Odisha: Red ants invade Puri district; force families to leave village
Following the receding of the flood waters, lakhs of red and fire ants infested the Brahmansahi village in the Chandradeipur panchayat area, prompting scientists from Odisha University of Agriculture and Technology (OUAT) and the district administration to launch the operation, according to the official.
Poisonous ants infested a village in Odisha's Puri district, forcing many residents to flee, officials said on Tuesday. After flood waters receded, lakhs of red and fire ants infested the Brahmansahi village in the Chandradeipur panchayat area, prompting scientists from Odisha University of Agriculture and Technology (OUAT) and the district administration to launch the operation, the official added.
Swarms of ants infested every nook and cranny of the village, including houses, roads, fields, and trees, causing normal life to grind to a halt. These ants have beaten many people, causing swelling and skin irritation.
Domestic animals and house lizards have also succumbed to the ants. Villagers are forced to draw circles with pesticide powders wherever they sit, stand, or sleep.
According to locals, three families from the village have fled due to the ant infestation and are staying with relatives.
Loknath Dash, a villager, said he had never seen anything like this before, despite previous floods in the village.
"The ants have made our lives a living hell. We can't eat, sleep, or sit properly. The children are unable to study because they are afraid of ants," said Renubala Dash, who is currently staying at a relative's house in a nearby village with her family.
According to Sanjay Mohanty, a senior OUAT scientist, the village is surrounded by a river and dense forests. "As flood waters inundated their habitats, the ants that live on the river embankment and in the bushes moved to the village." Mohanty described it as a new phenomenon in the village of around 100 families.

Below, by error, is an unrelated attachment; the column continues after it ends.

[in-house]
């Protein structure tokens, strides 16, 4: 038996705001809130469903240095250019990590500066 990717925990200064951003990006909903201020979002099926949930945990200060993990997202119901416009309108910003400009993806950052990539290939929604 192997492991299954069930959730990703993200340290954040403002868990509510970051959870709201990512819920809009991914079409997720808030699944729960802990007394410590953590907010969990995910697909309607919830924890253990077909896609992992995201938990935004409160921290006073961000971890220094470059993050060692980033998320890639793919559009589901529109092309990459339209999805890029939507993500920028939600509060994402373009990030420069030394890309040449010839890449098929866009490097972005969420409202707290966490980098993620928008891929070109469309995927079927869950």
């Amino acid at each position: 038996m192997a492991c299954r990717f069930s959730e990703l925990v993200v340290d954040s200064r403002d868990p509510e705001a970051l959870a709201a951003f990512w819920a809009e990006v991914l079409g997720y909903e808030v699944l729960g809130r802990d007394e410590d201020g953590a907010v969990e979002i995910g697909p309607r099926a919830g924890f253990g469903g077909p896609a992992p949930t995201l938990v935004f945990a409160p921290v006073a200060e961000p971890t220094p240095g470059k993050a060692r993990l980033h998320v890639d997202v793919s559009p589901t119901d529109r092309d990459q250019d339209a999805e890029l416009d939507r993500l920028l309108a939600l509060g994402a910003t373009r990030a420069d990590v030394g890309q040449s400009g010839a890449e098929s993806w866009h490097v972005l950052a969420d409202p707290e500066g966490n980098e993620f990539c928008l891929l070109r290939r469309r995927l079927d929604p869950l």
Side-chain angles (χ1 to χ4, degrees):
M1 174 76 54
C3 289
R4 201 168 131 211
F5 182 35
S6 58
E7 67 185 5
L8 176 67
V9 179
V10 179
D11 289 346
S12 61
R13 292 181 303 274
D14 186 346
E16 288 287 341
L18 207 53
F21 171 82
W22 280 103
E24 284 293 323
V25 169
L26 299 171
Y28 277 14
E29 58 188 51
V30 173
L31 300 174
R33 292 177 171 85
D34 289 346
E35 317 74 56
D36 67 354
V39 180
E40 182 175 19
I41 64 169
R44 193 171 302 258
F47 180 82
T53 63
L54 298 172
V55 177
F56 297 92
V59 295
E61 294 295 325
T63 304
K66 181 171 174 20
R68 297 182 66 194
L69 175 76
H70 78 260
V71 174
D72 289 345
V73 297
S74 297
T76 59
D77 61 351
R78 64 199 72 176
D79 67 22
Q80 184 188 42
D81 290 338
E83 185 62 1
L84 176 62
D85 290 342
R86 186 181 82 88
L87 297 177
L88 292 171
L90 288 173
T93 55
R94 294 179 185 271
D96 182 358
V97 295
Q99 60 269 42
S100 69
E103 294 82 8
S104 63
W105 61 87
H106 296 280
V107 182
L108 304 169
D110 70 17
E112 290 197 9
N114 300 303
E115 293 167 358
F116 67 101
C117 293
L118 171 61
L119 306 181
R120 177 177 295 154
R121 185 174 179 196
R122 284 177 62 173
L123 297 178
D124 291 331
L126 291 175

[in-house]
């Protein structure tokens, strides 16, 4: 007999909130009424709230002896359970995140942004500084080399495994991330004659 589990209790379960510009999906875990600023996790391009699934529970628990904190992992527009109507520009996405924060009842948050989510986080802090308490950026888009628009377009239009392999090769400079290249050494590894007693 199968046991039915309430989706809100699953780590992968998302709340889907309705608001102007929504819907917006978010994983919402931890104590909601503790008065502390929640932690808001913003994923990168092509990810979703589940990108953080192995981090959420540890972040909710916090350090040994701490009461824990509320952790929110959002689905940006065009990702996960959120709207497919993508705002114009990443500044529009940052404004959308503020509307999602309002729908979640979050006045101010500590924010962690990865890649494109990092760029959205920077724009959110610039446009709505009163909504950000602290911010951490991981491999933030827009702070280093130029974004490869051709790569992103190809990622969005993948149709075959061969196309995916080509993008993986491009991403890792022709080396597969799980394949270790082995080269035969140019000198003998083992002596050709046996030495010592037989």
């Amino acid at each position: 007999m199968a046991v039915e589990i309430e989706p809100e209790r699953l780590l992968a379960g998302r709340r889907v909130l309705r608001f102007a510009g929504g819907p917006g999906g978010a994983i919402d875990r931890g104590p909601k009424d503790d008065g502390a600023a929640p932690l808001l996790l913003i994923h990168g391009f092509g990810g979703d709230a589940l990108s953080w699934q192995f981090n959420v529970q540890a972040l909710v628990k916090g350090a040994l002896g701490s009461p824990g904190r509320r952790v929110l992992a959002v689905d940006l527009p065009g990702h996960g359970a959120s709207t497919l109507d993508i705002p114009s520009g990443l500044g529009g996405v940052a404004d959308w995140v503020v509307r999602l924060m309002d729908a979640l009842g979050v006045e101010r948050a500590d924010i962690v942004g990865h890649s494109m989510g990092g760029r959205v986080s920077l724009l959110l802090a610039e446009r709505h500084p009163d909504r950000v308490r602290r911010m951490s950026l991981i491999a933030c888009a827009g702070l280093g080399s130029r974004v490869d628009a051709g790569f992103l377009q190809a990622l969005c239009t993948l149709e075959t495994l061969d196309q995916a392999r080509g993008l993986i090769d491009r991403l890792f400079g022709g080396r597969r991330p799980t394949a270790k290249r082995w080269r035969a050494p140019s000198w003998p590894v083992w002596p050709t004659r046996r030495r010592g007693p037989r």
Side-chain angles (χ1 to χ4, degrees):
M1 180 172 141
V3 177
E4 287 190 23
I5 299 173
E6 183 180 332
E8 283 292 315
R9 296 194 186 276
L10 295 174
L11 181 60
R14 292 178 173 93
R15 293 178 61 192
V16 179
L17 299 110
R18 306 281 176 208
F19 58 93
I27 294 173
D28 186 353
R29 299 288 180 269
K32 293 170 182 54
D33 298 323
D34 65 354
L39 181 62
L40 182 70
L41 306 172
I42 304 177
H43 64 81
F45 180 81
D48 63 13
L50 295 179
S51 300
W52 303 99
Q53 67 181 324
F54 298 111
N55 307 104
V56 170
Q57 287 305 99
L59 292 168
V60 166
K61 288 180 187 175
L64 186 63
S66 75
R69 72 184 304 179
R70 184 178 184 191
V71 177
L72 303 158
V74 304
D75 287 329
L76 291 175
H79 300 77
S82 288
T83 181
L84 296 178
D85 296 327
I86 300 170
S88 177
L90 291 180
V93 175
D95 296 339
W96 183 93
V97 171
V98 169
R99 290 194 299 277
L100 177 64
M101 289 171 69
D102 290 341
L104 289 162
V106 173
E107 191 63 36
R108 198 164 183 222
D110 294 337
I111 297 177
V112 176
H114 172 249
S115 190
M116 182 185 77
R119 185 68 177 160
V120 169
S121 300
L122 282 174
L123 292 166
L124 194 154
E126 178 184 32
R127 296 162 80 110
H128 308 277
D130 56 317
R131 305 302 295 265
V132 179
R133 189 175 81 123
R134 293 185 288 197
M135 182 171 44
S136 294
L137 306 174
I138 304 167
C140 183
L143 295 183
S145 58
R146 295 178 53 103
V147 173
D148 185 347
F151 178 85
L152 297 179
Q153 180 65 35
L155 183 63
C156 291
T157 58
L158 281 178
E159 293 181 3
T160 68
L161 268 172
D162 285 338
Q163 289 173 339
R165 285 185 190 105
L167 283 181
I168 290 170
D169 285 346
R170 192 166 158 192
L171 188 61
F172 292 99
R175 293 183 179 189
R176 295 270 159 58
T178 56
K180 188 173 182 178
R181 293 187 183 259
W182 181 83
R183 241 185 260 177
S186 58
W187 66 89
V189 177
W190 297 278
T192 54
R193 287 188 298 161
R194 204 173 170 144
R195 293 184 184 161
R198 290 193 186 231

"However, we are attempting to locate the source of the ants. Once the location has been determined, the pesticide can be sprayed within a two-metre radius," he stated.
"To end the threat, we must first locate and eliminate the queen ants. They are to blame for the outbreak of red and fire ants in the area," he continued. Mohanty stated that ant samples had been sent to the laboratory to determine their species.
According to Block Development Officer (BDO) Rashmita Nath, such ants are not new to the area, but no one expected them to disrupt everyday life.
Although people have complained of skin irritation and swelling due to ant bites, she claims that no one has been hospitalised. "When I went to the village, I discovered ants everywhere. The residents did their best but couldn't drive the ants away," she stated. The officer further stated that bushes would be cleaned and insecticides would be sprayed.
She also stated that medical teams are visiting the village to treat the victims. A similar incident occurred in Danda village in the Sadar block of the district after cyclone Phailin in 2013, according to a scientist.
(With inputs from PTI)